Slam Dunking the Chinatown Bitch Slap--by Reb MacRath
I ended up having three visits in one in a trip to San Francisco, a town that I had lived in twice for a grand total of seven years.
1) The trip should have been a reunion. But a sudden cancellation--something I might have foreseen--left me with nonrefundable bus fare, nowhere to stay and no reason to go. Then again...
2) I began to hunt for cheap hotels, prepared to stay only one night if need be. And so the trip became an act of independence. From this point forward I'd never surrender control of my comings or goings to anyone whose friendship I might have cause to question. (I ended up staying for the three nights as planned, by eating once only a day.)
3) The trip evolved into one one my life's best adventures.. In an unplanned walk through Chinatown with a friend I'd met for lunch, I nearly fell to the ground--bitch-slapped in the most beautiful way by something he'd just said.
The friend, Rob Carino, said that he enjoyed my rough-and-tumble Boss MacTavin mysteries but the books he loved best were in the series called The Fast and The Furies. These are short and stylish thrillers with a literary slant, about men and women on the run from karma and seeking their redemption. The books all have another trait in common: they were written from the heart and each came about from a sort of creative seizure. First, an idea that I could not shake...then passionate joy in the writing, with fanatical attention to phrasing and little plays on words...then carrying on and carrying on, with no notion of whether the project would sell or even 'take' with readers--till the book had had its way with me and I had set it free.
Now, before that talk in Chinatown, I'd been counting the days till I started writing the next Boss MacTavin mystery. And after months of research and outlining, I felt ready to start on March 1. It had been a year since the last book in that series and I felt I had an exceptionally strong commercial hook: a subject that hadn't been handled, not the way I'd handle it. I was also making progress toward a re-release of Mastery, one of the horror novels I wrote as Kelley Wilde. No plans for the next entry in The Fast and The Furies series. Not till the Chinatown Bitch Slap.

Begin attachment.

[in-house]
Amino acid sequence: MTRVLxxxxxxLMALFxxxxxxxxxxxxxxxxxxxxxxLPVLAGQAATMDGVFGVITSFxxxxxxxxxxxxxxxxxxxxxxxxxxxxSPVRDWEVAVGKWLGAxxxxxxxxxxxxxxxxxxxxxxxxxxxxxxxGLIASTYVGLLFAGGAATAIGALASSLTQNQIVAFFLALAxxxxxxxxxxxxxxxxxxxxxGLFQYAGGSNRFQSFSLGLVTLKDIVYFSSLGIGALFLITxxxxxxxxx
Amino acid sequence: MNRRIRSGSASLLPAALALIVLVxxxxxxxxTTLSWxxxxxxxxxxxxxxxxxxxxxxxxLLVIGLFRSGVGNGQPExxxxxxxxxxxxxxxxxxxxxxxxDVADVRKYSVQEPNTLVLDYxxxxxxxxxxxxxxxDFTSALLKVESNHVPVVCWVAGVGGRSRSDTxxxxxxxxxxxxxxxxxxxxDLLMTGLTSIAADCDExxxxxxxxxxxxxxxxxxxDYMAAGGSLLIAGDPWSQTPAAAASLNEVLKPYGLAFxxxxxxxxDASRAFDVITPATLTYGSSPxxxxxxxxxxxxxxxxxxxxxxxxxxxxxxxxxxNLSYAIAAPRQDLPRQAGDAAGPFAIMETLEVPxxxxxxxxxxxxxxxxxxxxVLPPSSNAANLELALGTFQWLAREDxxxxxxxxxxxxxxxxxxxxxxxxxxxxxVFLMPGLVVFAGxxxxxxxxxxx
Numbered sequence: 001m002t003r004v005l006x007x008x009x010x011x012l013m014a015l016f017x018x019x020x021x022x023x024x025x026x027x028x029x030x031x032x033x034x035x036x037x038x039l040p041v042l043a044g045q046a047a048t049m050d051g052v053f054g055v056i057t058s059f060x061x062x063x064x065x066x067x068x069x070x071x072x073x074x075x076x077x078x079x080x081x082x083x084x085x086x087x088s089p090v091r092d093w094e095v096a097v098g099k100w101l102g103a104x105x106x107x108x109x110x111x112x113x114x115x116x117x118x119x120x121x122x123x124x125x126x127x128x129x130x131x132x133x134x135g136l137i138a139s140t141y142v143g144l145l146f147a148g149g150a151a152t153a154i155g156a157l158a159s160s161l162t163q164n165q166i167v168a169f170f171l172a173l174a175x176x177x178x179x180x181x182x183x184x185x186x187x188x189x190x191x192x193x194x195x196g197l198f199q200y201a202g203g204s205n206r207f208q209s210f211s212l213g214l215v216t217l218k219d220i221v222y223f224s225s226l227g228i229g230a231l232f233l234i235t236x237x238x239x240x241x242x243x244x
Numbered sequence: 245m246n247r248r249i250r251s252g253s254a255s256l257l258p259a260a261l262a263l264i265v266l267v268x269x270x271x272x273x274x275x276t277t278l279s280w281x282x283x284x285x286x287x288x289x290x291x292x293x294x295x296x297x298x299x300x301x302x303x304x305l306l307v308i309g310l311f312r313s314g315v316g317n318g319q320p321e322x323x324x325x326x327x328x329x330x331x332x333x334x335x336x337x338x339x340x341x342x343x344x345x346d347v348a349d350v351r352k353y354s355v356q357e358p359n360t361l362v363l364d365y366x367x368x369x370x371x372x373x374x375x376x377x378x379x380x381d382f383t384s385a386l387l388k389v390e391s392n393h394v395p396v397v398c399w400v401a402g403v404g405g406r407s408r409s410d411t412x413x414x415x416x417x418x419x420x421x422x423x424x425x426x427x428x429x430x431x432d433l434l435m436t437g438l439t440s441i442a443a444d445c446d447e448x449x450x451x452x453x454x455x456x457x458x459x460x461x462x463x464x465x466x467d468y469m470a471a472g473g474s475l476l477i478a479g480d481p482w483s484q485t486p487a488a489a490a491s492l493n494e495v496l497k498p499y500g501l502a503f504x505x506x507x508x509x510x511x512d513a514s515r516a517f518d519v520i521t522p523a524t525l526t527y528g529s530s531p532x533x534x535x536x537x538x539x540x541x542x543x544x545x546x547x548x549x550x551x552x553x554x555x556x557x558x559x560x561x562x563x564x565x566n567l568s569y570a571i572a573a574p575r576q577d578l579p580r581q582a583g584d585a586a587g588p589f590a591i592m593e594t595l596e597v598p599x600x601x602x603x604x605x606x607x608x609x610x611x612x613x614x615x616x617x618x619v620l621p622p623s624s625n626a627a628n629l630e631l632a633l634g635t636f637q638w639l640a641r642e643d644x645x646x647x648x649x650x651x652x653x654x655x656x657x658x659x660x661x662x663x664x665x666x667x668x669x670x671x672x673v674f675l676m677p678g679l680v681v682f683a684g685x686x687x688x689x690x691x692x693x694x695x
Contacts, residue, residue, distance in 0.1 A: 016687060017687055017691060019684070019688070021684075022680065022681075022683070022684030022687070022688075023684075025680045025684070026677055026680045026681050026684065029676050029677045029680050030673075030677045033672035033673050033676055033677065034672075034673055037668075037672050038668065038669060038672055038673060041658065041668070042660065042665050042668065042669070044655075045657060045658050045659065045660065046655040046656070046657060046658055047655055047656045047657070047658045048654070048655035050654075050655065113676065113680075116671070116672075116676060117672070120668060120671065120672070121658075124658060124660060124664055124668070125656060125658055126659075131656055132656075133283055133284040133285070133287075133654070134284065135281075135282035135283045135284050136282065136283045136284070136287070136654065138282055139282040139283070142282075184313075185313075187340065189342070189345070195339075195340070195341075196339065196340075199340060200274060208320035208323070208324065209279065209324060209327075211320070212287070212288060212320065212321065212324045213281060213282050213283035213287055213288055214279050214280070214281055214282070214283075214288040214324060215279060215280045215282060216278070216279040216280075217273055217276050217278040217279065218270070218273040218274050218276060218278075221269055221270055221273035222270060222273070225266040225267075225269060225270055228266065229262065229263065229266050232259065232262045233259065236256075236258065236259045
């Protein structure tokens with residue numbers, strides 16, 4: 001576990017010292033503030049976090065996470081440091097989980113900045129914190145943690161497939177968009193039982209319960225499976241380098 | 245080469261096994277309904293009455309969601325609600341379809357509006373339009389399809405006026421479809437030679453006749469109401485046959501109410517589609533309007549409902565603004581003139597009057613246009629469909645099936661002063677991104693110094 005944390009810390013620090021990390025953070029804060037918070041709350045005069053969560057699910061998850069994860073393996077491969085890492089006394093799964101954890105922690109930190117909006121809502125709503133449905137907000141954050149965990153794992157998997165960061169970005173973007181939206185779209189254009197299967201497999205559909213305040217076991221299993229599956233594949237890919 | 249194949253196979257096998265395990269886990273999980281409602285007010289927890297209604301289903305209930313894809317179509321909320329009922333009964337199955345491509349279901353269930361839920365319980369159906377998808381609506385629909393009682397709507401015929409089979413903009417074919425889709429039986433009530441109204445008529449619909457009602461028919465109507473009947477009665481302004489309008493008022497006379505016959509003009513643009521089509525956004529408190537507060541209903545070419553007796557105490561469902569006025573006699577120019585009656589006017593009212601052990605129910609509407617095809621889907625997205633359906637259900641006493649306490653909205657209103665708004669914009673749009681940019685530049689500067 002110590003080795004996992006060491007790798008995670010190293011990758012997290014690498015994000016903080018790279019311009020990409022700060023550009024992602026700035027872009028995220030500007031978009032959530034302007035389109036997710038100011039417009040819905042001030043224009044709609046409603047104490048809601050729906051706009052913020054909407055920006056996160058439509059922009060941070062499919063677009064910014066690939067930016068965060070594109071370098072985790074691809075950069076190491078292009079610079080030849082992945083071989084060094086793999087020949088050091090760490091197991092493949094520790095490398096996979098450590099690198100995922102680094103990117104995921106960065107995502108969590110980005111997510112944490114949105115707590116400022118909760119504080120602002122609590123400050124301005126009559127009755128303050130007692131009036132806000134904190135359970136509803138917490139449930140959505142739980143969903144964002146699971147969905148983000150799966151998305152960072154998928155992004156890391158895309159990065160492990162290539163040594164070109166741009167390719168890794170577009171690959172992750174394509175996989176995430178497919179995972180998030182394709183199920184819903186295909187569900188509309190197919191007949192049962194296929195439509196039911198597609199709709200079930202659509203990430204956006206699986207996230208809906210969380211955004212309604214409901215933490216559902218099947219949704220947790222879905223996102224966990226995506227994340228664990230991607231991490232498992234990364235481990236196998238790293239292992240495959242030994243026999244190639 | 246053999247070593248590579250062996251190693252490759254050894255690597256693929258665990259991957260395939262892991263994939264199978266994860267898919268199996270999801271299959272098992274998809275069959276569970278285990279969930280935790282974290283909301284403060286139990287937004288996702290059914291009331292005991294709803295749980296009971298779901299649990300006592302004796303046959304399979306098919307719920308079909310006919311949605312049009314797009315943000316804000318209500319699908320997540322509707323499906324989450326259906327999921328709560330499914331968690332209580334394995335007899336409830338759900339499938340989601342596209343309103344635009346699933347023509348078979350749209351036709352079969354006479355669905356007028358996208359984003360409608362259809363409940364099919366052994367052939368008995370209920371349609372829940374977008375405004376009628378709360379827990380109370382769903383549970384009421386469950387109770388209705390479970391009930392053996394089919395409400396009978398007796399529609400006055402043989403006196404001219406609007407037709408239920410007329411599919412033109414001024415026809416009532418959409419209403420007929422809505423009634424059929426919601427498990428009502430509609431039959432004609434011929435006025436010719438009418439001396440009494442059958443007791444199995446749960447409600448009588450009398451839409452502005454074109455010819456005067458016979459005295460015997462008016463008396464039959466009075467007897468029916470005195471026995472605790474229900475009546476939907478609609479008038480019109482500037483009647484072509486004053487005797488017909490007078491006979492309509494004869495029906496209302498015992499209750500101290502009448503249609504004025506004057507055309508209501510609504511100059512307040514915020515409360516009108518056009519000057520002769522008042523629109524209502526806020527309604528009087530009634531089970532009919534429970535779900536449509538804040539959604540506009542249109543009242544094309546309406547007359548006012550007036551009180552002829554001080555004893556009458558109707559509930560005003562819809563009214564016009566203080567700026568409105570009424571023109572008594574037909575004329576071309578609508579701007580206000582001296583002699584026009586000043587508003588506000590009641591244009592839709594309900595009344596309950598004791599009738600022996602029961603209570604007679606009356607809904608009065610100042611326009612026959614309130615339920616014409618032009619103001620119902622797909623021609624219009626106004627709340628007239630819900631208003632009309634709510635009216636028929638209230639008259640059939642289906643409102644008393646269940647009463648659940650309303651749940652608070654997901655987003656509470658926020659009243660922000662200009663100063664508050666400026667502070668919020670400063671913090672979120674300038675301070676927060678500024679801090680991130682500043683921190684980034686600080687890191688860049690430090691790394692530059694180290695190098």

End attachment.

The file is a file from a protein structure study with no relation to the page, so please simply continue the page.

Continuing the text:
Rob's kind remark had called into question why I write the books I write--and what I get from writing. Here I was, ready to start another noirish mystery--on the heels of Mastery, a very bloody horror tale. But I didn't want to be known for only violent novels. And I didn't want to be driven only by thoughts of sales. I wanted the passion and playfulness I'd found in The Fast and The Furies. And I didn't want to wait a year and a half to, maybe, start in on the next one.
No, no. I couldn't abandon the months that I'd spent getting ready for Boss. I-I-I-I....
Another slap. Still harder. A terrific concept had just slugged me in the kisser. It was outrageous, controversial, wild--and I had no idea if I could actually pull it off. A contemporary thriller set in ancient Rome and Egypt? But...
I knew I had to try. Furthermore, I knew I had to start that day, not wait till the end of my visit. The hell with an outline. The hell with a Moleskine notebook I couldn't afford till next week. The hell with 500 words a day, my usual finicky limit. 1000 words a day or bust. And not just any thousand words. I'd write a thousand that spun heads and lowered jaws at least once every page. I'd try to conquer this small book as Caesar conquered Gaul, And my own Gaul was also split into three parts: lack of self-confidence, faithlessness, sloth.
Here's an image of Caesar that shows us the warrior, not the elegant Hollywood hand-down:
And this is the spirit I called on for help in transforming the Chinatown Bitch Slap into a joyous Slam Dunk. Every day with this new book's an adventure. Every day affords the chance for ballsier decisions. Boss MacTavin will be back...after the palm prints are gone from my face.